When you think of the word “model,” what do you think?

As an Economics major, 
the first thing that comes to my mind is a statistical model, modeling phenomena such as the effect of class size on student test scores. A
car connoisseur’s mind might go straight to a model of their favorite vintage Aston
Martin. Someone else studying fashion even might imagine a runway model. The point is, the term “model” is used in popular discourse incredibly frequently, but are we even sure what it implies?

Annabel Wharton, a professor of Art, Art History, and Visual Studies at Duke, gave a talk entitled “Defining Models” at the Visualization Friday Forum. The forum is a place “for faculty, staff and students from across the university (and beyond Duke) to share their research involving the development and/or application of visualization methodologies.” Wharton’s goal was to answer the complex question, “what is a model?”

Wharton began the talk by defining the term “model,” knowing that it can often times be rather ambiguous. She stated the observation that models are “a prolific class of things,” from architectural models, to video game models, to runway models. Some of these types of things seem unrelated, but Wharton, throughout her talk, pointed out the similarities between them and ultimately tied them together as all being models.

The word “model” itself has become a heavily loaded term. According to Wharton, the dictionary definition of “model” is 9 columns of text in length. Wharton then stressed that a model “is an autonomous agent.” This implies that models must be independent of the world and from theory, as well as being independent of their makers and consumers. For example, architecture, after it is built, becomes independent of its architect.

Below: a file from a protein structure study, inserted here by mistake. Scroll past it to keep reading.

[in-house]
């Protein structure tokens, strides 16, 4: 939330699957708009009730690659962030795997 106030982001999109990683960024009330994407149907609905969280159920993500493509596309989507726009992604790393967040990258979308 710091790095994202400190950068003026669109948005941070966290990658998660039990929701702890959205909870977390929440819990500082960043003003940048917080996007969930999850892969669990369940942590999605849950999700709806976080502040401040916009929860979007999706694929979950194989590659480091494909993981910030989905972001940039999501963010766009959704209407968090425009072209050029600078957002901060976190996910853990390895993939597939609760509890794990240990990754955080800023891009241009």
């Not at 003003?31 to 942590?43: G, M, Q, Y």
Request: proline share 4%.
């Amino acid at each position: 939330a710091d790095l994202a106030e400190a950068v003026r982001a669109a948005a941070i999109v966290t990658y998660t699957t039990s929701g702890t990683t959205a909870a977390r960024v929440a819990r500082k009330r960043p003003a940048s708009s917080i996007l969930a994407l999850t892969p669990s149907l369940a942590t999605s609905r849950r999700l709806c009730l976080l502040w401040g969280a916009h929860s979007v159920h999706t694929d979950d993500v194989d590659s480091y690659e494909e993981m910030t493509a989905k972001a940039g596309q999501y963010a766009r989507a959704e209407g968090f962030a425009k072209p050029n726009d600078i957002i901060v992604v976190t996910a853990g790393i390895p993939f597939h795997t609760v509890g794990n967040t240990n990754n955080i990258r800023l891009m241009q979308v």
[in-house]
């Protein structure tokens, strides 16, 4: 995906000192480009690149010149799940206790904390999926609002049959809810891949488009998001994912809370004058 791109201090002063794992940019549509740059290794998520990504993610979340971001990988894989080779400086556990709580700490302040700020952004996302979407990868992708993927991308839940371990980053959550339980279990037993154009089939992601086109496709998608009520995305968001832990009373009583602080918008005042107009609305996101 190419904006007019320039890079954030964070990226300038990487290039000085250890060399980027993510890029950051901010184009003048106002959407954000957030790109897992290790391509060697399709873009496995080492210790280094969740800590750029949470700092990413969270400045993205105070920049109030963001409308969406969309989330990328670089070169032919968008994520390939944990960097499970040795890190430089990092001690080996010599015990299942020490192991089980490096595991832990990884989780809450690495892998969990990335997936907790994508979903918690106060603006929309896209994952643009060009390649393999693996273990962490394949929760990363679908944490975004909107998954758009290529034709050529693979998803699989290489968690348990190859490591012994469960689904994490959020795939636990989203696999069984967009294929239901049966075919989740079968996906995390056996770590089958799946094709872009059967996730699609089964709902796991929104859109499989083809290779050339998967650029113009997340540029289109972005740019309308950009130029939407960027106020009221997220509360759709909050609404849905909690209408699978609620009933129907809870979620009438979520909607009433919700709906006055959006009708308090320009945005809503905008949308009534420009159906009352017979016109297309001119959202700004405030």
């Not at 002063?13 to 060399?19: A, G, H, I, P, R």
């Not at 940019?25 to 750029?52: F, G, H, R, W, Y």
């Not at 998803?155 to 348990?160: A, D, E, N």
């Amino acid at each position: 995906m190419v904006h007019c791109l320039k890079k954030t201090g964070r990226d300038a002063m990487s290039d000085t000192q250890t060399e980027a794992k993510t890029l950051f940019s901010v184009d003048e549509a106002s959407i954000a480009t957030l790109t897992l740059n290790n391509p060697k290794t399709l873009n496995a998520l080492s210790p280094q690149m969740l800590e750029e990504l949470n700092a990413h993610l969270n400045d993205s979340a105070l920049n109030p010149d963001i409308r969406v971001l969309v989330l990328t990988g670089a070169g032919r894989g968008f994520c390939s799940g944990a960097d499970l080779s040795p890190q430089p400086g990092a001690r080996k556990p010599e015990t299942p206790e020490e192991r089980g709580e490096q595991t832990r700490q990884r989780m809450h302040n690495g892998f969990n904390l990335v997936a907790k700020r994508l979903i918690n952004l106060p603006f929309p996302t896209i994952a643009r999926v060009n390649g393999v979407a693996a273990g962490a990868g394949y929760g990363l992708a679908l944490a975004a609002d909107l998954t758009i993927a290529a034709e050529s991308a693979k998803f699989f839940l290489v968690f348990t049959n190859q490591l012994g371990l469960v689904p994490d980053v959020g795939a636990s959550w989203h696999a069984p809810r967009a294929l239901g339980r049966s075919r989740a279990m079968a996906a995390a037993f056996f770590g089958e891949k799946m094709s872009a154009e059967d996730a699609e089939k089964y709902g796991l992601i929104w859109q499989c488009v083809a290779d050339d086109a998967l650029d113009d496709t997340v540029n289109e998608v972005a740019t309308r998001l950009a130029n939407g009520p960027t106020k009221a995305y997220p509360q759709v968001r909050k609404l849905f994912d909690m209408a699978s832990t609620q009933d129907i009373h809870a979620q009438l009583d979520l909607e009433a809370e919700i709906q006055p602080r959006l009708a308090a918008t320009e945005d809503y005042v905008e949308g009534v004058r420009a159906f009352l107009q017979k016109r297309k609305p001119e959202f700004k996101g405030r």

Next, Wharton outlined different ways to model. They include modeling iconically, in which the model resembles the actual thing, such as how the video game Assassins Creed models historical architecture. Another way to model is indexically, in which parts of the model are always ordered the same, such as the order of utensils at a traditional place setting. The final way to model is symbolically, in which a model symbolizes the mechanism of what it is modeling, such as in a mathematical equation.

Wharton then discussed the difference between a “strong model” and a “weak model.” A strong model is defined as a model that determines its weak object, such as an architect’s model or a runway model. On the other hand, a “weak model” is a copy that is always less than its archetype, such as a toy car. These different classifications include examples we are all likely aware of, but weren’t able to explicitly classify or differentiate until now.

Wharton finally transitioned to discussing one of her favorite models of all time, a model of the Istanbul Hagia Sophia, a former Greek Orthodox Christian Church and later imperial mosque. She detailed how the model that provides the best sense of the building without being there is found in a surprising place, an Assassin’s Creed video game. This model is not only very much resembles the actual Hagia Sophia, but is also an experiential and immersive model. Wharton joked that even better, the model allows explorers to avoid tourists, unlike in the actual Hagia Sophia.

Wharton described why the Assassin’s Creed model is a highly effective agent. Not only does the model closely resemble the actual architecture, but it also engages history by being surrounded by a historical fiction plot. Further, Wharton mentioned how the perceived freedom of the game is illusory, because the course of the game actually limits players’ autonomy with code and algorithms.

After Wharton’s talk, it’s clear that models are definitely “a prolific class of things.” My big takeaway is that so many thing in our everyday lives are models, even if we don’t classify them as such. Duke’s East Campus is a model of the University of Virginia’s campus, subtraction is a model of the loss of an entity, and an academic class is a model of an actual phenomenon in the world. Leaving my first Friday Visualization Forum, I am even more positive that models are powerful, and stretch so far beyond the statistical models in my Economics classes.

By Nina Cervantes